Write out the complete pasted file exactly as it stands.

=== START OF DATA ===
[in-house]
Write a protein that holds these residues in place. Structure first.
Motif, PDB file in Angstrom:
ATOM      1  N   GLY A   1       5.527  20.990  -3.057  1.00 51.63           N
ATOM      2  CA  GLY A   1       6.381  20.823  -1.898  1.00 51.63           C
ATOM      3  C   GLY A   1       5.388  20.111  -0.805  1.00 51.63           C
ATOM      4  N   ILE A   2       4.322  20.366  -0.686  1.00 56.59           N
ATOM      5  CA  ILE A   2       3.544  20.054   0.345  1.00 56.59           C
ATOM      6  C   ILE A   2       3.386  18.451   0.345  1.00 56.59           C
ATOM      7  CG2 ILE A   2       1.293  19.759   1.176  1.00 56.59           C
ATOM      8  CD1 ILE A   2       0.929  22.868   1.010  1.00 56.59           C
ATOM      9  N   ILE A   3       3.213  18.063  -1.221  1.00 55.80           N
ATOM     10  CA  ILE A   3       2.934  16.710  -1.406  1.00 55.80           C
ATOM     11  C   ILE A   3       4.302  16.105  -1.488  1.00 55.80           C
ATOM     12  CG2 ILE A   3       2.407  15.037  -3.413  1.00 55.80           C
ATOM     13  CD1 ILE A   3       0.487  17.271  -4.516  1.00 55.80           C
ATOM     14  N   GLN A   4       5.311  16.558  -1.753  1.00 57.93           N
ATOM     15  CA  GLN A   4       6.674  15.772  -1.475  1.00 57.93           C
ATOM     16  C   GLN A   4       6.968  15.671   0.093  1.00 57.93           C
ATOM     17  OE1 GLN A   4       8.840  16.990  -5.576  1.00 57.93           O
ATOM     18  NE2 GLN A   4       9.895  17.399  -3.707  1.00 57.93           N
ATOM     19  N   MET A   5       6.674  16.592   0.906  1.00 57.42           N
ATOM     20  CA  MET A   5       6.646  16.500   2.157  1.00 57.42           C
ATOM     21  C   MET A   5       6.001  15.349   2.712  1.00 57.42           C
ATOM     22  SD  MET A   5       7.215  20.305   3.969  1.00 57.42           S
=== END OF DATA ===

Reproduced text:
[in-house]
Write a protein that holds these residues in place. Structure first.
Motif, PDB file in Angstrom:
ATOM      1  N   GLY A   1       5.527  20.990  -3.057  1.00 51.63           N
ATOM      2  CA  GLY A   1       6.381  20.823  -1.898  1.00 51.63           C
ATOM      3  C   GLY A   1       5.388  20.111  -0.805  1.00 51.63           C
ATOM      4  N   ILE A   2       4.322  20.366  -0.686  1.00 56.59           N
ATOM      5  CA  ILE A   2       3.544  20.054   0.345  1.00 56.59           C
ATOM      6  C   ILE A   2       3.386  18.451   0.345  1.00 56.59           C
ATOM      7  CG2 ILE A   2       1.293  19.759   1.176  1.00 56.59           C
ATOM      8  CD1 ILE A   2       0.929  22.868   1.010  1.00 56.59           C
ATOM      9  N   ILE A   3       3.213  18.063  -1.221  1.00 55.80           N
ATOM     10  CA  ILE A   3       2.934  16.710  -1.406  1.00 55.80           C
ATOM     11  C   ILE A   3       4.302  16.105  -1.488  1.00 55.80           C
ATOM     12  CG2 ILE A   3       2.407  15.037  -3.413  1.00 55.80           C
ATOM     13  CD1 ILE A   3       0.487  17.271  -4.516  1.00 55.80           C
ATOM     14  N   GLN A   4       5.311  16.558  -1.753  1.00 57.93           N
ATOM     15  CA  GLN A   4       6.674  15.772  -1.475  1.00 57.93           C
ATOM     16  C   GLN A   4       6.968  15.671   0.093  1.00 57.93           C
ATOM     17  OE1 GLN A   4       8.840  16.990  -5.576  1.00 57.93           O
ATOM     18  NE2 GLN A   4       9.895  17.399  -3.707  1.00 57.93           N
ATOM     19  N   MET A   5       6.674  16.592   0.906  1.00 57.42           N
ATOM     20  CA  MET A   5       6.646  16.500   2.157  1.00 57.42           C
ATOM     21  C   MET A   5       6.001  15.349   2.712  1.00 57.42           C
ATOM     22  SD  MET A   5       7.215  20.305   3.969  1.00 57.42           S